Perceptions of discrimination among persons who have undergone predictive testing for Huntington's disease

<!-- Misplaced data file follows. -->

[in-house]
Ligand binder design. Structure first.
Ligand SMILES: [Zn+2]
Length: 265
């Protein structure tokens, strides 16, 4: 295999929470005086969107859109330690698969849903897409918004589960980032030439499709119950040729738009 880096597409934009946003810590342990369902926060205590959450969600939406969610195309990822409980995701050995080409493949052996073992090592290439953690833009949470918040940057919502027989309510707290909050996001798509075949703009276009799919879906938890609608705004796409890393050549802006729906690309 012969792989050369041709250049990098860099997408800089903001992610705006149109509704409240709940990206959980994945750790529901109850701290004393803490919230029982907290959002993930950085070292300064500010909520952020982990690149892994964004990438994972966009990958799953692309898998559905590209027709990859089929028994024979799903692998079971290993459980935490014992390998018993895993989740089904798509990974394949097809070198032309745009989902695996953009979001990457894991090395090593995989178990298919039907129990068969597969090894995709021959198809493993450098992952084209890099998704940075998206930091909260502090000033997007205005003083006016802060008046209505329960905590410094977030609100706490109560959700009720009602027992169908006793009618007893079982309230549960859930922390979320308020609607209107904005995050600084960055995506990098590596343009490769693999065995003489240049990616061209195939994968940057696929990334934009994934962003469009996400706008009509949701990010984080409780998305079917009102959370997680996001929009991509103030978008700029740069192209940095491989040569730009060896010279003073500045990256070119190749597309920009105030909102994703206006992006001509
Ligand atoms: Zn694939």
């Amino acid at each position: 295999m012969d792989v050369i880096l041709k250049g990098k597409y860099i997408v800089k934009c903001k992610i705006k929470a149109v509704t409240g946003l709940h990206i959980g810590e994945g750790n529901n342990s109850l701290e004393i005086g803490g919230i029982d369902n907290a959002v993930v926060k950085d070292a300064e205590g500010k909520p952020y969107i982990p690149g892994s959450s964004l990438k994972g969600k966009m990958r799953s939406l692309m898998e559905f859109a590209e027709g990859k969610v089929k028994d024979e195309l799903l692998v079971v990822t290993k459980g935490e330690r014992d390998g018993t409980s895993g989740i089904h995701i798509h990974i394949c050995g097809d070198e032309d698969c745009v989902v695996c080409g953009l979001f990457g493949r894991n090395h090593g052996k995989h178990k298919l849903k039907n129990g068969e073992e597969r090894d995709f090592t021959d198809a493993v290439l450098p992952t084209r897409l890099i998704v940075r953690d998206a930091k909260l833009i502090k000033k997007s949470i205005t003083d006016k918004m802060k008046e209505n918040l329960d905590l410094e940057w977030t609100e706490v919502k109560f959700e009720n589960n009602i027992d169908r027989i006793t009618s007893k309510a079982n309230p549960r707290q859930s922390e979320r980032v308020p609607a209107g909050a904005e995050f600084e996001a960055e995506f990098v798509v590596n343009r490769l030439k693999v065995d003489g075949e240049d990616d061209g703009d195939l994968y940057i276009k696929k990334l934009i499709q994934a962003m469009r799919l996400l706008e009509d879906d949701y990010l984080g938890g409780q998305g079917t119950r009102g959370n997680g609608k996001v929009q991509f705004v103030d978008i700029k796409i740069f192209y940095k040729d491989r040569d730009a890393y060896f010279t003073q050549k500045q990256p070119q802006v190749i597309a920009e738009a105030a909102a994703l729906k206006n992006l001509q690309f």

Potential discrimination from genetic testing may undermine technological advances for health care. Researching long-term consequences of testing for genetic conditions that may lead to discrimination is a public health priority. The consequences of genetic discrimination generate social, health, and economic burdens for society by diminishing opportunities for at-risk individuals in a range of contexts. The current study objective was to investigate perceptions of genetic stigmatization and discrimination among persons who completed predictive testing for Huntington's disease (HD). Using semi-structured interviews and computerized qualitative analysis, the perceptions of 15 presymptomatic persons with a positive gene test predicting HD were examined with regard to differential treatment following testing. The sample comprised 11 women and 4 men, mostly married (73%), aged between 22 and 62 years, with an average education of 14.6 years (SD +/- 2.57) and residing in urban, rural and suburban settings of eight U.S. States. Participants reported perceptions of consequences following disclosure of genetic test results in three areas: employment, insurance, and social relationships. Although most employed participants (90%) revealed their test results to their employers, nearly all reported they would not disclose this information to future employers. Most (87%) participants disclosed test results to their physician, but a similar majority (83%) did not tell their genetic status to insurers. Most participants (87%) disclosed test results to family and peers; patterns of disclosure varied widely. Discrimination concerns remain high in this sample and point to the need for more information to determine the extent and scope of the problem.